Guest Post: Dave Hutchinson

Europe In, Europe In Autumn – by Dave Hutchinson

A lot of people have described the Europe in Europe In Autumn as ‘dystopian,’ but I don’t quite see it that way. True, there’s the thing about all the borders and the thing about the Xian Flu, but I see it as quite an exciting, vibrant place, a place of great possibility, a fabulous playground for a writer to indulge himself in.

The book is really about borders, about freedom, about going places others cannot go, and it wouldn’t have worked if I’d set it in present-day Europe. The Schengen Agreement means you can get a bus from Madrid to Warsaw – if you’re of a sturdy constitution – and never have to stop at passport control. I like that, but it’s less interesting as the background of a story and it also means that the Secret at the heart of the book would have had less punch and relevance.

I suppose I ought to nail my colours to the mast and tell you that I’m an enthusiastic European. I will grant you there are a lot of things wrong with the EU, both in theory and execution, but the spirit, the shining ideal of a borderless Europe is, I think, rather a wonderful one. I hate borders. I hate the big blue sign at airport passport controls in this country which says ‘UK BORDER’. To me, it’s not very far away from having a big blue sign saying ‘SOD OFF’.

Having said all that, it was necessary to break up this shining ideal and put the borders back up again – and then introduce more. The idea of polities and quasi-national entities isn’t a particularly new one in science fiction, but it was fun thinking them up and then trying to make them sound at least vaguely plausible. The Municipality – the gang-run ‘nation’ in Berlin – is really just an extension of that old Daily Mail bogeyman the ‘no-go estate,’ a place so over-run with criminals that the police daren’t enter.

So, having had the idea for the setting, you ask yourself the question the reader will quite reasonably ask: ‘How did this happen?’ Originally, it was just the flu pandemic, but as the EU became more and more fractious that got factored in, and when 2008 rolled around and national economies started to tank it seemed less and less likely that the European Union would survive, at least in its present form.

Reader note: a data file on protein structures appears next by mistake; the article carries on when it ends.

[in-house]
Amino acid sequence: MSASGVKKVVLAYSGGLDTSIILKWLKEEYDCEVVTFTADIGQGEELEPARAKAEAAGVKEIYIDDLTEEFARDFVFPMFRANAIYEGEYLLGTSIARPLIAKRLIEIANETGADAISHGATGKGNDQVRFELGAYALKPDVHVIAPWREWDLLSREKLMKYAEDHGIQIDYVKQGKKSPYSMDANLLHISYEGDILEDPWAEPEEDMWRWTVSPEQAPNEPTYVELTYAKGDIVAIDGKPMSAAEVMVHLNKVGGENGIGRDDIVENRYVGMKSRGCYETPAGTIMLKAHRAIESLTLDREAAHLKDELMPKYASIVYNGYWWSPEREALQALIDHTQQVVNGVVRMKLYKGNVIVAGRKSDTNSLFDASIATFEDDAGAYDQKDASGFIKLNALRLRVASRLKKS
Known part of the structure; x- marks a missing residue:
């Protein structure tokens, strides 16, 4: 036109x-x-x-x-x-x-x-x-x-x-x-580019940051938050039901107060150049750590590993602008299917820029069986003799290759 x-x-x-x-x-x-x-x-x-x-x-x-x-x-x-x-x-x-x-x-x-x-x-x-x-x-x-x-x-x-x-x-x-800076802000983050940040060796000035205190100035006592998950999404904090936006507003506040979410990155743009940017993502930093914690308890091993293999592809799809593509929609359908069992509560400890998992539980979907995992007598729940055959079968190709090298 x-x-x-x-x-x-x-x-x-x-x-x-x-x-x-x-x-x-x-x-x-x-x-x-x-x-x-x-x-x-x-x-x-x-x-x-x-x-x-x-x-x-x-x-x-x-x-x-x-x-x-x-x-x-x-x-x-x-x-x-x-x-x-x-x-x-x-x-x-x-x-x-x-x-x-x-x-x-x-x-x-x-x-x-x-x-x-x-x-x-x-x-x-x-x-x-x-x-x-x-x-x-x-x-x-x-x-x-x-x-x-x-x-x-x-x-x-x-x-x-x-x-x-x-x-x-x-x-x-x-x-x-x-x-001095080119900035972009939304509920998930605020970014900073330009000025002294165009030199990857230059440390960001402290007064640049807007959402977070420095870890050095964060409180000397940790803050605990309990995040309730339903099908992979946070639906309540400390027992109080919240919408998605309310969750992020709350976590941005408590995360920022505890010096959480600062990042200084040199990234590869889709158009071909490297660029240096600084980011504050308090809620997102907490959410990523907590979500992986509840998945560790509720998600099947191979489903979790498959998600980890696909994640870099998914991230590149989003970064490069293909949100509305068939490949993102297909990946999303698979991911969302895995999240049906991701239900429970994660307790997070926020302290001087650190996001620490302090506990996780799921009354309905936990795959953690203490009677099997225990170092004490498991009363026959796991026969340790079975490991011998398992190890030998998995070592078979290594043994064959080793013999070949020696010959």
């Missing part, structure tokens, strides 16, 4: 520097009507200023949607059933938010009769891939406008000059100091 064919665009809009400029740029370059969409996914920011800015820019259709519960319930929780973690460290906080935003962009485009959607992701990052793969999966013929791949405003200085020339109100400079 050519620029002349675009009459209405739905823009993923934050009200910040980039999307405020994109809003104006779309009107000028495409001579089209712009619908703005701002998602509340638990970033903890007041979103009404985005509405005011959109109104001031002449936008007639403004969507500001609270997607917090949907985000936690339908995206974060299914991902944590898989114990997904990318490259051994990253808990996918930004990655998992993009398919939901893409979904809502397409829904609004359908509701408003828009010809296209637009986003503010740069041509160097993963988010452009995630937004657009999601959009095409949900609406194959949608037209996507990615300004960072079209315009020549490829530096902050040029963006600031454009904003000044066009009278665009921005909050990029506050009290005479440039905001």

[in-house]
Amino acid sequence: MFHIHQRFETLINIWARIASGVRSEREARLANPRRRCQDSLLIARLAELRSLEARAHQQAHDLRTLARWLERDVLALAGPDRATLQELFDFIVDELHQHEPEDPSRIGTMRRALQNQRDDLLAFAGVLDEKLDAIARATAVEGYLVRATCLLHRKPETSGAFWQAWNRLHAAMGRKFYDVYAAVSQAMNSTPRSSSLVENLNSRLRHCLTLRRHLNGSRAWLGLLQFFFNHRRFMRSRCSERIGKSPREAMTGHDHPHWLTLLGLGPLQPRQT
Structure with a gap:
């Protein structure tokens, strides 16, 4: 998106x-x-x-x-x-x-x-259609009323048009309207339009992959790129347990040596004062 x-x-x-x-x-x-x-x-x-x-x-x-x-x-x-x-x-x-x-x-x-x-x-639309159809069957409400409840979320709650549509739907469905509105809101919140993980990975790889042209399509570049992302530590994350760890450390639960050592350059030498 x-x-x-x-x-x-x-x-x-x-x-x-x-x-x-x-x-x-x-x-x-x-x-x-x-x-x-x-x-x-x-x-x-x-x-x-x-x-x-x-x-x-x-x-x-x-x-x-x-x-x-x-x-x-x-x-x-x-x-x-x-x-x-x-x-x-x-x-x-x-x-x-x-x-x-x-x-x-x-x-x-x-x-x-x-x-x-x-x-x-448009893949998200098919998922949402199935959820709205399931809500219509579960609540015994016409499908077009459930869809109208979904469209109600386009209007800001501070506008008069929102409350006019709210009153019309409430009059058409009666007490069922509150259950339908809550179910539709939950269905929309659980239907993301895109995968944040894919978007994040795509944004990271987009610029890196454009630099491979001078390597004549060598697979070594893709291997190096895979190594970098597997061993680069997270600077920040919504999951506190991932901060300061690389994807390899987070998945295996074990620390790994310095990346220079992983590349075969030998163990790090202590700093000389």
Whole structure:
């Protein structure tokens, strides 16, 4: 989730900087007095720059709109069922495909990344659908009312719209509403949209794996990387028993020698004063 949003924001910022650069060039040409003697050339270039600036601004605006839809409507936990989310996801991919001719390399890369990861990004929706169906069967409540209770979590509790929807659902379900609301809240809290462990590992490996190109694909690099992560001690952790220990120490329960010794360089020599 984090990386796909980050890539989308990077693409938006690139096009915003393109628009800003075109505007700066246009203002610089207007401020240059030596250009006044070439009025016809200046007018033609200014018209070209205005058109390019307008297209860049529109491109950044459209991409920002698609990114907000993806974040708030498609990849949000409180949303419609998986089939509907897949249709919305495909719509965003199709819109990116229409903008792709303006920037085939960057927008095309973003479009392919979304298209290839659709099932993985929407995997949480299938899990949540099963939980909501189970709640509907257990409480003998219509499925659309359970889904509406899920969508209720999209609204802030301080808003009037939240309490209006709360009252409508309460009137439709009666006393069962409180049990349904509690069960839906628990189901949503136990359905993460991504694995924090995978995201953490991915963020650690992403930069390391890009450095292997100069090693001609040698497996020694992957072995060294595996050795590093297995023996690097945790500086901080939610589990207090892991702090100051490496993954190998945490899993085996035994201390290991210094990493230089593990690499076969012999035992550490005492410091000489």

Myself, I didn’t think it was necessary to do much more than that, to suggest how Rudi’s Europe came about. Going any deeper into it would have made it a different book. It would certainly have made it a longer one.

I took a bit of a flier on how Scottish Independence might come about. I have no idea how that’s going to shake out – and if I’m honest I don’t think anyone else has either – but for the purposes of the story it needed to be quite chaotic. The idea of the Chinese bankrolling the infant nation was really intended as a joke, but a few weeks after I wrote that I heard that China was investing millions of pounds in the Manchester airport redevelopment and the Prime Minister had sold Britain’s stocks of pig semen to the Chinese, and I did begin to wonder… 

Author Bio:

Dave Hutchinson was born in Sheffield in 1960. After reading American Studies at the University of Nottingham, he became a journalist. He’s the author of five collections of short stories and one novel, and his novella “The Push” was shortlisted for the 2010 BSFA award for short fiction. He has also edited two anthologies and co-edited a third. His short story ‘The Incredible Exploding Man’ featured in the first Solaris Rising anthology, and appeared in the 29th Year’s Best Science Fiction collection. He lives in north London with his wife and several cats.


Author: Dave Hutchinson
Publisher: Solaris Books
ISBN: 9781781081945
Genre: Speculative Fiction


A fractured Europe, a cook-turned-spy, a mighty web of espionage – but what happens when conspiracy threatens to overwhelm even reality itself?

Europe in Autumn is a dystopian SF espionage thriller that evokes the Cold War novels of John Le Carré and the nightmarish world of Franz Kafka, taking place in a war and disease-torn Europe of hundreds of tiny nations.

Rudi is a cook in a Kraków restaurant, but when boss asks him to help a cousin escape from the country he’s trapped in, a new career – part spy, part people-smuggler – begins.

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  1. November 11, 2018

    Another book to be added to my list he he , thanks for letting the author to introduce his book to us.

    • Alexandra
      November 11, 2018

      This is more a futuristic techno thriller, than what most people think of as SF, Vera. And yes, Dave was good enough to write a guest post for me. I love when authors do stuff like that.

  2. November 9, 2018

    I have this book on my shelf, and a friend of mine asked me if it’s good, and whether he should get it. We don’t live in the same country, so i couldn’t just pass my copy to him and i haven’t read it yet, so i had no idea. But i shall direct him over here to check out your review 😀

    • Alexandra
      November 9, 2018

      Not my review, Norrie, but a guest post from Dave, himself, the author. ☺️ He kindly wrote a few words about his novel, as a number of people have mentioned Europe In Autumn as being on their TBR piles.

      • November 10, 2018

        Ah, yes… i read the post on my phone yesterday and totally ignored the title. Hehe 😀

        • Alexandra
          November 10, 2018

          Ha! Ha! No problem, I do the same. ☺️

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